Xander Bogaerts has been consistent in an otherwise inconsistent season for the Red Sox.
The Boston shortstop is batting .309 with 31 home runs and 105 RBIs this season while being a dominant force on the diamond. Bogaerts continued to stay hot at the dish in the fourth inning of the Red Sox’s eventual 5-1 loss to the New York Yankees on Saturday by slicing a one-out single to center field in the fourth inning.
While the single didn’t have an RBI attached to it nor did it turn into a run, it did put Bogaerts in with some pretty elite company. The single marked the 1,000th hit of the 26-year-old’s career, joining just Tris Speaker and Bobby Doerr to be the only players to accomplish the feat before turning 27.
But for Bogaerts, the hit had a little more meaning behind it as Saturday marked his mother’s birthday. He revealed after the game that she text him saying he needed to get that one hit.
“Yeah, she did. She did,” Bogaerts said when asked if she got in touch with him, as seen on NESN’s Red Sox postgame coverage. “It’s a good thing I didn’t hit it over the park. The ball stayed in the infield and I got to keep the ball without any headache. It was nice. … (She) had a lot of friends over (and) text me today like, ‘Hey you gotta do it today.’ And I’m like, ‘My numbers aren’t pretty good against (J.A.) Happ.’ But in the end I got one and it was nice.”
The first home run of his career also came on his mom’s birthday back in 2013.
Bogaerts also was unaware of the company he had joined with the elusive hit.
“I didn’t know about this. … I just didn’t know who it was … obviously those are some big names and some great players,” he said. “Hopefully I can stay healthy and play many more years here.”
Alex Cora did not let the milestone go unnoticed and praised Bogaerts after the game.
“This kid, in the offseason, he takes his time off, he goes home but then he goes to Arizona and he works,” the manager said on NESN’s Red Sox postgame coverage. “He shows up early in Ft. Myers and he’s looking for ways to get better. Off the field, he’s been great. He takes care of himself, nutrition-wise. Games are over and … he’s doing everything possible to be able to bounce back for the next game. We see it. Some guys, toward the end of the season, they’re getting tired, they look actually smaller. With him it’s the other way around. I don’t know how he does it but he’s so into his routine. … He’s having a career year and I do feel he’s going to keep improving. Like I said before, if people don’t consider him the best shortstop in the big leagues, he should be in the conversation.”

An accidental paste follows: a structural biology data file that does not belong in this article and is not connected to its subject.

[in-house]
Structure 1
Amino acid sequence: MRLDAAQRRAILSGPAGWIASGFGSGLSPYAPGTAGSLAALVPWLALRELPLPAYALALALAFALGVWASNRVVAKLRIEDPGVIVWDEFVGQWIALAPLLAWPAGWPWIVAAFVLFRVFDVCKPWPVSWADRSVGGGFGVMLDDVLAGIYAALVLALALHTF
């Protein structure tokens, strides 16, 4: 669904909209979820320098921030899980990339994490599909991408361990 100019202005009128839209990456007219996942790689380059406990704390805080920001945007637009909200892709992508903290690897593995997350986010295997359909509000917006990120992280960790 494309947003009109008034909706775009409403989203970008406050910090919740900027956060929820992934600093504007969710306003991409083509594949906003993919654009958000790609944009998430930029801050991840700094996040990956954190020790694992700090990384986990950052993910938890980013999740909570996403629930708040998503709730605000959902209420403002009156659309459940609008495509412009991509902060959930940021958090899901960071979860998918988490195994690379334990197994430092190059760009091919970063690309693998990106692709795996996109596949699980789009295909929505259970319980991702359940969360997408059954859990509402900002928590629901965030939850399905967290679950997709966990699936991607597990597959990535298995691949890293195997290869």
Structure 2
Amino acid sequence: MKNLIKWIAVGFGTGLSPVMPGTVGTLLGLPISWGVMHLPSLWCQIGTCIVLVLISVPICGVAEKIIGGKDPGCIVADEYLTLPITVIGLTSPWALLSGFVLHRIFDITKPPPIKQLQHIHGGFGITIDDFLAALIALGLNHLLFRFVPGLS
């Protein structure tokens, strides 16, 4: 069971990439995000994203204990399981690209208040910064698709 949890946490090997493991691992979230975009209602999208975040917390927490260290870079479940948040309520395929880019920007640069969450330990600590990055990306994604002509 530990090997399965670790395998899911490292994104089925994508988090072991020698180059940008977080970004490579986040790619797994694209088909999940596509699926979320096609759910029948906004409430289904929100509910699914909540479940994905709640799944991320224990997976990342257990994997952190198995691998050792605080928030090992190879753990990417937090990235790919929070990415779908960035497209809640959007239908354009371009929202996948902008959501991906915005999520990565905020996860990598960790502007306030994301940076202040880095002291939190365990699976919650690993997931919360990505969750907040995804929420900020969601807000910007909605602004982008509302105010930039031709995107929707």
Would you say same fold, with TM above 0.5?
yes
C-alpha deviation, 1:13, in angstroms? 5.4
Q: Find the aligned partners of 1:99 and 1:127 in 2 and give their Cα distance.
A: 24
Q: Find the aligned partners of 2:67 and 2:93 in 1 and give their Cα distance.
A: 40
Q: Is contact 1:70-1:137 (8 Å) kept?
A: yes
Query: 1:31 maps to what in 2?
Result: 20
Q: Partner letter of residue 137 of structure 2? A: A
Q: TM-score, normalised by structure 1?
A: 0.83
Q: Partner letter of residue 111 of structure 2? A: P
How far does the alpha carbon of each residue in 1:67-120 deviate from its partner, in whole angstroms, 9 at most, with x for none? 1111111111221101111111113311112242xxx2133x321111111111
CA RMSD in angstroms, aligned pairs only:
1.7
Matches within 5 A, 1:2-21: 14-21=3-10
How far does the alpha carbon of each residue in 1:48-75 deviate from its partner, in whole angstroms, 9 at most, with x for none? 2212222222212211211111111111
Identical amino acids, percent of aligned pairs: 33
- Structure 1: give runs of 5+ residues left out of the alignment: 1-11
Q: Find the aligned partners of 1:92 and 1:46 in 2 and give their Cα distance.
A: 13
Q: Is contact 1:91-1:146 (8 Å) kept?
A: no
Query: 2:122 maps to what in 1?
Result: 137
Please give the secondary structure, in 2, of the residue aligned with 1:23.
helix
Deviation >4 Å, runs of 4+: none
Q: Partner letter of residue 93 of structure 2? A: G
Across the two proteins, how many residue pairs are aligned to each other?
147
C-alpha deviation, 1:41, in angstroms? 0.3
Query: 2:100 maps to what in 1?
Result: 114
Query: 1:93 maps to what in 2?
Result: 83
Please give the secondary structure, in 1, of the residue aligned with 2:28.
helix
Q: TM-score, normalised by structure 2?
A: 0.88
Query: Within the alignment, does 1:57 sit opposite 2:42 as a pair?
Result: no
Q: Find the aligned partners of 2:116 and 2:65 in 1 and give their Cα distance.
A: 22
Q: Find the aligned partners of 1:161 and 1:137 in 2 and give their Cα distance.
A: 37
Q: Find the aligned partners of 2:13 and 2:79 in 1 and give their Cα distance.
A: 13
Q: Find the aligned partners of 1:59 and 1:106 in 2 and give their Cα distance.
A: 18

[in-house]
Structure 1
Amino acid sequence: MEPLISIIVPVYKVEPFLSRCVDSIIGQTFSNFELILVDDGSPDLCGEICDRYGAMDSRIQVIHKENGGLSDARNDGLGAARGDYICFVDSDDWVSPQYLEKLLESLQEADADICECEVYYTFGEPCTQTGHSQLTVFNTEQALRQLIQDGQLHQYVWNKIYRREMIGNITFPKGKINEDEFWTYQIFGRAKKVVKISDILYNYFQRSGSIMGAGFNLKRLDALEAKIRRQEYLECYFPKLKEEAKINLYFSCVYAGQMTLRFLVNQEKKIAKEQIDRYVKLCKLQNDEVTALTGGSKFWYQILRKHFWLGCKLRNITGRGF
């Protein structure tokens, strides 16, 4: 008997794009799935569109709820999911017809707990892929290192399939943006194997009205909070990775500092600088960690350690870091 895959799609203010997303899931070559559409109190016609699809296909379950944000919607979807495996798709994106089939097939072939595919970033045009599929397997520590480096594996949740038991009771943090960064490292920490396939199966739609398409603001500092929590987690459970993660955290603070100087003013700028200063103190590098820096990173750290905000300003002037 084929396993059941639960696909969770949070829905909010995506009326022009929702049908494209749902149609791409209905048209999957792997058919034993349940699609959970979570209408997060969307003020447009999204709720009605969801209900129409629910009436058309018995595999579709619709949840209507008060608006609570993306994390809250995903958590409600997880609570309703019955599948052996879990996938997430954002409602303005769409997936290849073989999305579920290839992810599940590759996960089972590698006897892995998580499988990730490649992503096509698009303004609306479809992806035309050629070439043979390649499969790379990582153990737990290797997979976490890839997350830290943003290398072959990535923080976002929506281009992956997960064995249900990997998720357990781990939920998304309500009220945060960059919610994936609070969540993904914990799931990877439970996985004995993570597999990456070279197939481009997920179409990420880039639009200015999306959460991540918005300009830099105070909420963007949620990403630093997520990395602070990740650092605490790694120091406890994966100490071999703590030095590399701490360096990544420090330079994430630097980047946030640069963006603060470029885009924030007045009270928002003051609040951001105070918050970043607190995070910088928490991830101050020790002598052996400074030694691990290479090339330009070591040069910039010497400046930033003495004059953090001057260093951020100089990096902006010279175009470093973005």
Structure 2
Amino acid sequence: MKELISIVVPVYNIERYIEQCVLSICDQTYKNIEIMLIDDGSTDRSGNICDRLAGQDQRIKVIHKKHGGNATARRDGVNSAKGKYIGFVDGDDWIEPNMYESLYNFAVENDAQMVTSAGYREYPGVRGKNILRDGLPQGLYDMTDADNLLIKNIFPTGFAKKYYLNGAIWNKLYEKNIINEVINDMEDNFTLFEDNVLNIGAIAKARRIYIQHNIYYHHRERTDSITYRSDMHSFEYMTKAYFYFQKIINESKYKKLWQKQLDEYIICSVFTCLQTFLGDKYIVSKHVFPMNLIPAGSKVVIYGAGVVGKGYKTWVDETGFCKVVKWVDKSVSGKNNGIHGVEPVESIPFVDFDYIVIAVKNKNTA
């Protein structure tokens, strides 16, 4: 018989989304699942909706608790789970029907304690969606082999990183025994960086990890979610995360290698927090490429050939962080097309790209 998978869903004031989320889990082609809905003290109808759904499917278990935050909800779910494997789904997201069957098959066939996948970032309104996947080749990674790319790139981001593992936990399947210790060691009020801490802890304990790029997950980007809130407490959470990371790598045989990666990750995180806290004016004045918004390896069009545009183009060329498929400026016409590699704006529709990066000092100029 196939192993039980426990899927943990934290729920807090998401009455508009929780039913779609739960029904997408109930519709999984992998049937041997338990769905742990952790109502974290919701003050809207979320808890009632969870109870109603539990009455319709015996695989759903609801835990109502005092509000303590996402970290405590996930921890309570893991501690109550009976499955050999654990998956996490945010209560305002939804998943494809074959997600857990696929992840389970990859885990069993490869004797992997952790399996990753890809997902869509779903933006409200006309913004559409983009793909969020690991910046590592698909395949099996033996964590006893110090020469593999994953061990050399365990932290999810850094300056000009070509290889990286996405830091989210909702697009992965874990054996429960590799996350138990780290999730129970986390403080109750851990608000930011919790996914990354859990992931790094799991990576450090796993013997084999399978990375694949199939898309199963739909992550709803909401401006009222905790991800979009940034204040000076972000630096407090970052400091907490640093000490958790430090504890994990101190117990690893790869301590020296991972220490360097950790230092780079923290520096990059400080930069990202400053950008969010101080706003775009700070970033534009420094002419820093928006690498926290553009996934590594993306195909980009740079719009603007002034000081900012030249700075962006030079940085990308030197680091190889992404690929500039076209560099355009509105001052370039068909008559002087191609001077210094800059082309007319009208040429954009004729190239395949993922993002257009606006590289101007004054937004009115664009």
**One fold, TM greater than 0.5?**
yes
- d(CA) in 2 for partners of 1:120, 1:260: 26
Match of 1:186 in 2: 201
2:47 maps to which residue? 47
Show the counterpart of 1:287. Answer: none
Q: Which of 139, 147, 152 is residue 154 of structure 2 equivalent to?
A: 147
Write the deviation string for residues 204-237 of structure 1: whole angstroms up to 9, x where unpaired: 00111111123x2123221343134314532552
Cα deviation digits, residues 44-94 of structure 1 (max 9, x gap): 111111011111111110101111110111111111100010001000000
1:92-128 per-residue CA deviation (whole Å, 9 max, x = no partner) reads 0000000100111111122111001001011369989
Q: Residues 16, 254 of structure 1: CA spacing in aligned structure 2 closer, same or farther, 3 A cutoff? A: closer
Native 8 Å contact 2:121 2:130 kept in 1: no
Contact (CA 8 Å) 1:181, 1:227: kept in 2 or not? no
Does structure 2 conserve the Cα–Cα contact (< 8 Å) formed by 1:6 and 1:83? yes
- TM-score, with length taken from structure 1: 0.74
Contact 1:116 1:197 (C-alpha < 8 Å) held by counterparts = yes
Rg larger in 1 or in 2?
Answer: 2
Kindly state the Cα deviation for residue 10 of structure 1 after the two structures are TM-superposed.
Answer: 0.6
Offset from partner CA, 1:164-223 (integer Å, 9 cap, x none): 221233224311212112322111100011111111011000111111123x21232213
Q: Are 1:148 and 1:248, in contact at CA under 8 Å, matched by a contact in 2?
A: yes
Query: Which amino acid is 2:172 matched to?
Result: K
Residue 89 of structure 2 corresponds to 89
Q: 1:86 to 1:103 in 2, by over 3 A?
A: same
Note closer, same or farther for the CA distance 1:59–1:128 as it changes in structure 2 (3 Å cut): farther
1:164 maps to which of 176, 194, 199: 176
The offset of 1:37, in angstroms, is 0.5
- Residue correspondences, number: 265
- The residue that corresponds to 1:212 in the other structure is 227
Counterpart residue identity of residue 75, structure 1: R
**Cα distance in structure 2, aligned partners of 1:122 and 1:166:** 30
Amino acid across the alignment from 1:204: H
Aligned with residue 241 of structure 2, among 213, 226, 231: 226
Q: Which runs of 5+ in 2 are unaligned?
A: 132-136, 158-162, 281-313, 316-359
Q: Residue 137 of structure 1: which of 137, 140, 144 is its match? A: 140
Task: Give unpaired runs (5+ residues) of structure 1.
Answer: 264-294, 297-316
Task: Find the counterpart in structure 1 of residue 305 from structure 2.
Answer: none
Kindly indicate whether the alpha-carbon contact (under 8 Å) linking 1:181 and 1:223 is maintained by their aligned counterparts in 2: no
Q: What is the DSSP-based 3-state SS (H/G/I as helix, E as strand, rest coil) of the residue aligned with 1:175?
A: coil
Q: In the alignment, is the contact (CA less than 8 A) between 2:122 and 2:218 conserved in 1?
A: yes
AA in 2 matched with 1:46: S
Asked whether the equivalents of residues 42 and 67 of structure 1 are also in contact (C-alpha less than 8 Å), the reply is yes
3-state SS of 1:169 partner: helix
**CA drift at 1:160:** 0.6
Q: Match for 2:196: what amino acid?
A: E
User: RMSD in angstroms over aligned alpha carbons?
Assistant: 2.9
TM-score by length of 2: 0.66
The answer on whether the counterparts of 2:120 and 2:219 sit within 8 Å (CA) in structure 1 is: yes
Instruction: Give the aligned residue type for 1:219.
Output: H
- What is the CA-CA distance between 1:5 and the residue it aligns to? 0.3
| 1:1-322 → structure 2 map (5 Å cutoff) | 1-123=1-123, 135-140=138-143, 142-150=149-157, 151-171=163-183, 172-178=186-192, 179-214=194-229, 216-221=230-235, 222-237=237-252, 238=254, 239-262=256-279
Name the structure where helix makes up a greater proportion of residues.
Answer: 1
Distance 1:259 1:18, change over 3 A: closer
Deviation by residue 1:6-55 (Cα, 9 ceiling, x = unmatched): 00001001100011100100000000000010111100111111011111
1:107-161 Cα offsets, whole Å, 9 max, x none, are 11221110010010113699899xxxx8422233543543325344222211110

If Bogaerts continues to improve like Cora believes he will, then he’ll likely be entering the history books more often.
Here are some other notes from Saturday’s Red Sox-Yankees game:
— J.D. Martinez broke up the shutout in the ninth inning when he homered into Boston’s bullpen. It was the first time a batter hit a home run off Yankees closer Aroldis Chapman since July 15.
He did have a costly mishap in the fourth inning, however, when he misplayed a fly ball which allowed two runs to score. New York would go on to score four runs in total.
“As an outfielder you’ve gotta take charge of that one,” Cora said.
— Boston toted out eight pitchers in total in its second straight bullpen game.
Travis Lakins threw two scoreless innings with three strikeouts and Cora liked what he saw.
“Lakes, that was good early on. After he was done I was like, ‘Did you have fun today?,’ and he was like, ‘Yeah, that was great.’ You saw the velocity, the conviction behind the pitches.”
— The eight pitchers the Red Sox used Saturday tied a season-high. They used as many back on June 13 against the Texas Rangers and again on June 29 in London against the Yankees.
Thumbnail photo via Gregory J. Fisher/USA TODAY Sports Images